By Grace McGee
On Monday, January 20, Seattle’s annual event to commemorate Martin Luther King Jr. drew approximately 5,000 marchers. The entire demonstration was flooded with 15 Now (http://www.15now.org) picket signs demanding a $15/hour minimum wage.
Marchers wearing red 15 Now shirts and carrying signs reading “Because the Rent Won’t Wait” and “End Poverty Wages”, did not escape the attention of the local press. The Seattle Times called the fight for a $15 a “burgeoning movement” and noted that people “turned out in droves Monday at the annual Martin Luther King Jr. celebration, peppering the crowd at Garfield High School with its red signs, T-shirts and banners.” The impressive turnout and show of support for 15 Now only adds to the mounting body of evidence that Seattle workers and youth are ready to take action to fight for a living wage.
Seattle’s socialist City Councilor, Kshama Sawant, “electrified” (Examiner.com) the crowd at the Westlake Park rally following the march as she boldly called upon members of the crowd to begin organizing in their own neighborhoods to fight for $15, and reminded the political and business establishment that “we’re not going away until we get what we want.”
In another sign of the powerful momentum for passing $15 in 2014 two other City councilors (Bruce Harrell and Mike O’Brien) marched with the 15 Now contingent, and council member Nick Licata sent his support from out of town.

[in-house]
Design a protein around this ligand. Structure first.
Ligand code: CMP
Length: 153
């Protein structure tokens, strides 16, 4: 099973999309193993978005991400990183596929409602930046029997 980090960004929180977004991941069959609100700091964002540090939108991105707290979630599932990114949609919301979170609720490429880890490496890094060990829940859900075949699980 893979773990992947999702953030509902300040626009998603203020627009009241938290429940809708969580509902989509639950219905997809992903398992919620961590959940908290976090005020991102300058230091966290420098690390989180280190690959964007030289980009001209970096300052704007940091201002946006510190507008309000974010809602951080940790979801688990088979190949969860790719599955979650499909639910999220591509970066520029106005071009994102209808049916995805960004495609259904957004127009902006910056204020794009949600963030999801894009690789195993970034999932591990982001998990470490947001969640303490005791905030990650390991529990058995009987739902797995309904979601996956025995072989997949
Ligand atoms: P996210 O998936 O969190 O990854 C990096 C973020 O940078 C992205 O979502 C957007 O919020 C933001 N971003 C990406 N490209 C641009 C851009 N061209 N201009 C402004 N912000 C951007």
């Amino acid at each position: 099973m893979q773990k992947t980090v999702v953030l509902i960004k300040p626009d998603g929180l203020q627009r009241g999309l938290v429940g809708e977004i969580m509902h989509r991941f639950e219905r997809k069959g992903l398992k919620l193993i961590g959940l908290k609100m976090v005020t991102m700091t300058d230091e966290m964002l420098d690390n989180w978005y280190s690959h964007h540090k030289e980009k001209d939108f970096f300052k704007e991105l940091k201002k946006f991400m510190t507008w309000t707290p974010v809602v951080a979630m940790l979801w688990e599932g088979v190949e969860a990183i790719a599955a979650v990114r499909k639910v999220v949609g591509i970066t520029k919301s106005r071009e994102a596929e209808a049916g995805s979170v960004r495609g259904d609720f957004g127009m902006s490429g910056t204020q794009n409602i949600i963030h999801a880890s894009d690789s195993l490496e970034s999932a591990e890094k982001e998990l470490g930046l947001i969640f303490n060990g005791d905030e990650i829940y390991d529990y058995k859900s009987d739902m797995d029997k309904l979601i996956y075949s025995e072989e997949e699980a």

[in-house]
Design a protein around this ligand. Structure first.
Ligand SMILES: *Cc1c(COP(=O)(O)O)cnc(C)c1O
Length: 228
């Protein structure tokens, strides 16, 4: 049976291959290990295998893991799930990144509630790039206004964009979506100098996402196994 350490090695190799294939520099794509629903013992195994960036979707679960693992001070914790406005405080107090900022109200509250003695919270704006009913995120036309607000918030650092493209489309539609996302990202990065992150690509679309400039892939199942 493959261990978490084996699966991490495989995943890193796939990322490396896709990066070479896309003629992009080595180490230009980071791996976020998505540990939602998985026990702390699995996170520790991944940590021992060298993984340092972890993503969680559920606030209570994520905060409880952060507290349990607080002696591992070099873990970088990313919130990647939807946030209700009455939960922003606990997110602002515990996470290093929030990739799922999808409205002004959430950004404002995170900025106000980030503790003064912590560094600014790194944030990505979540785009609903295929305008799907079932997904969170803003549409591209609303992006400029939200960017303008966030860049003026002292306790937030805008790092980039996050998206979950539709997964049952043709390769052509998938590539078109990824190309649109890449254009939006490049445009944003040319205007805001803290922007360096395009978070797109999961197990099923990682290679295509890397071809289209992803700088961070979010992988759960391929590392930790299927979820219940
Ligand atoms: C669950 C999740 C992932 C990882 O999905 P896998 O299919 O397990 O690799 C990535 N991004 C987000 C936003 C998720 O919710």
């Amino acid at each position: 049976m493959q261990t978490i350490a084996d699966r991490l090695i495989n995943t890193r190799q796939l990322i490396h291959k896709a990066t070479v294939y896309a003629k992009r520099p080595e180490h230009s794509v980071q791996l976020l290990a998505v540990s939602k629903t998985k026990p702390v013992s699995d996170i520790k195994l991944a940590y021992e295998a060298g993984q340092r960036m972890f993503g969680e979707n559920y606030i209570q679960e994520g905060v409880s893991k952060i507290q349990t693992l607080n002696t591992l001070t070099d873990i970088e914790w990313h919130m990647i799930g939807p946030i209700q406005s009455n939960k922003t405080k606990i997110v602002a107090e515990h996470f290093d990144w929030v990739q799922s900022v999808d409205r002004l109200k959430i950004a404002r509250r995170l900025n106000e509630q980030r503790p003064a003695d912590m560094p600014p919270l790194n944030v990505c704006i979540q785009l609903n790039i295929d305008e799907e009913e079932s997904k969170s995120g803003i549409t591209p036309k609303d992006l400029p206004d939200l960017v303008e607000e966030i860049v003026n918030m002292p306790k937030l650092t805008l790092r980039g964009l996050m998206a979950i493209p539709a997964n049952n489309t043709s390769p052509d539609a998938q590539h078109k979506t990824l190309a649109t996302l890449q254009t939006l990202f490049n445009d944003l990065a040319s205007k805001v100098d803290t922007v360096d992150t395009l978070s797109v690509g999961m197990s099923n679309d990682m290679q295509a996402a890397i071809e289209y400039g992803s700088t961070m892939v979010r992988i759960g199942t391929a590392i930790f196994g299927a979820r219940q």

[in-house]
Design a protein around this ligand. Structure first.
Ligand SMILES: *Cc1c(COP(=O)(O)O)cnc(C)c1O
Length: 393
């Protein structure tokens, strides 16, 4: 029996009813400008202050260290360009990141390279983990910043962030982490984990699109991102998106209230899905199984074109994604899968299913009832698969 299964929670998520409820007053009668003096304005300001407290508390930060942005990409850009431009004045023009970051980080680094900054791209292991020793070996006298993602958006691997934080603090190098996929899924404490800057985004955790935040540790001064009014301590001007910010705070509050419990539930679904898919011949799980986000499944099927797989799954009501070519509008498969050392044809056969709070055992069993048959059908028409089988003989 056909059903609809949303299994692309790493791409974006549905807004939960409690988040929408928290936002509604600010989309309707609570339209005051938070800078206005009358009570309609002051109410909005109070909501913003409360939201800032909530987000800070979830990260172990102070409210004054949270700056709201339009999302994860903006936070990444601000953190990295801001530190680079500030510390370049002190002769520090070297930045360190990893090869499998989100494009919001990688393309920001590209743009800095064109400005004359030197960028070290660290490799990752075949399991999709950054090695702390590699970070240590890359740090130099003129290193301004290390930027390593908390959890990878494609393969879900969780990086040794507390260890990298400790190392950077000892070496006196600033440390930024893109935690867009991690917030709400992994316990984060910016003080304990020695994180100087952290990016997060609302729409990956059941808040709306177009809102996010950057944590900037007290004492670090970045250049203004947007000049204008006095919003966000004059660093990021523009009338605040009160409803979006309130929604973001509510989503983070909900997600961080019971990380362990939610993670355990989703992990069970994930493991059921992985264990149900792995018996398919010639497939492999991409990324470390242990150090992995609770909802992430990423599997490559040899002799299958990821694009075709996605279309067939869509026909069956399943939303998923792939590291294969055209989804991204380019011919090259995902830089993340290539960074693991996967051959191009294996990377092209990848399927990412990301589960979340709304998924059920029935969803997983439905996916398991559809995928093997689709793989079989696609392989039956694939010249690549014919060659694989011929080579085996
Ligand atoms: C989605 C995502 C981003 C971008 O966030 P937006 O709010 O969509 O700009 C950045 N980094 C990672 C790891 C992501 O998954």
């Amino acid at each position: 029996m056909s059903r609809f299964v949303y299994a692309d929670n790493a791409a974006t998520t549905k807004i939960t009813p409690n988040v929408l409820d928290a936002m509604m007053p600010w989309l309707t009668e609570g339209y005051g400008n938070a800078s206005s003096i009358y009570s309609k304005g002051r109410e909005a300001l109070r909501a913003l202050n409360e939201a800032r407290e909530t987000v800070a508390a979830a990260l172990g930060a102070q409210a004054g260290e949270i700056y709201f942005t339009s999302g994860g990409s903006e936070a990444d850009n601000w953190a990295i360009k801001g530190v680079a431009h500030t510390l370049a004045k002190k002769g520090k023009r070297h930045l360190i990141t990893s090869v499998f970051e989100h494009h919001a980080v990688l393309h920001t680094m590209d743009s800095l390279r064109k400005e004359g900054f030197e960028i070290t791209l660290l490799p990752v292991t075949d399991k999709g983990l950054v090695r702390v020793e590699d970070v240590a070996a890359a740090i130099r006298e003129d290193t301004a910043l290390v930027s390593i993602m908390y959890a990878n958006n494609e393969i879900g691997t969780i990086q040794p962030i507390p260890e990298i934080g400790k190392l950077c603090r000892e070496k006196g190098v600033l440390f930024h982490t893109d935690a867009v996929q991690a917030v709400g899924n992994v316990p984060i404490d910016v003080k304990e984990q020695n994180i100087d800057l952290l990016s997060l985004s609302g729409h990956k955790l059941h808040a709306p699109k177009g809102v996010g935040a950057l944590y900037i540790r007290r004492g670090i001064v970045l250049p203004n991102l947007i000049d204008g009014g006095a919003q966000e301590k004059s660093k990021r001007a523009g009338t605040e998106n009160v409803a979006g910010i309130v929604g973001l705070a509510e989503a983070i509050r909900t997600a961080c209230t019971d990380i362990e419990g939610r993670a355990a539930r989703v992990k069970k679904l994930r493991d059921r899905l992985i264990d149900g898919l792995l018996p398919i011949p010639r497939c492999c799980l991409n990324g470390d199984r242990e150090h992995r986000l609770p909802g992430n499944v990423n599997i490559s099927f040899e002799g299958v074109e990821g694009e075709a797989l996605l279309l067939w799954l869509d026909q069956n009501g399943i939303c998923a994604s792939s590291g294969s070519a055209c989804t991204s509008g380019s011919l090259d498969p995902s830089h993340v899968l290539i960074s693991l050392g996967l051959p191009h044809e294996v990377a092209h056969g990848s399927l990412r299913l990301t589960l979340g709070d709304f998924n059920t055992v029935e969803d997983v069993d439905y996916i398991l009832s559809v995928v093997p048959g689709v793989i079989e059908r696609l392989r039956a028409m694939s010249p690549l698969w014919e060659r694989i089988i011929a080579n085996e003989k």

While the march occurs annually to honor the legacy of civil rights hero Martin Luther King Jr., there are few more appropriate backdrops on which to highlight the struggle for a living wage. Later in his life, Dr. King viewed growing income inequality and poverty as the greatest barrier to true equality and full civil rights. He himself championed a $2/hour minimum wage, the equivalent (after adjusting for inflation) of a $15/hour minimum wage today.
And like 15 Now, King recognized that grassroots organizing in neighborhoods and workplaces in order to build a mass movement is the only way to win concessions from and challenge the establishment.
Additionally, much like the Civil Rights Movement of the 1950s originated in the South but quickly ignited the rest of the nation, the groundswell of support at the march and rally yesterday indicates the potentiality for 15 Now to grow beyond the city of Seattle. In fact, many marchers who approached 15 Now organizers indicated their desire to see the movement grow statewide and beyond. If the movement in Seattle can continue to gain momentum, and activists, young people, and workers seriously take up this fight, 15 Now could quickly become a national movement.
Organizing Toward a Week of Action
Of course, while Monday’s march and rally were inspiring and demonstrated the growing support for a $15/hour minimum wage, the struggle has just begun. Actually winning the Fight for 15 will require the active participation of thousands.
On Saturday, February 15th at 2pm, 15 Now and Kshama Sawant will be holding a day of organizing, education, and music to raise the Fight for 15 to the next level. The focus of February 15 will be to educate and train hundreds of activists to go out and begin building Neighborhood and Campus Action Groups throughout every part of Seattle as part of building for a week of action from March 7 to 15th and a massive demonstration on May 1 that could develop into a nation-wide mobilization for $15.
Join 15 Now to launch a group in your neighborhood and build the Fight for 15!
See more pictures at: https://twitter.com/FifteenNow/media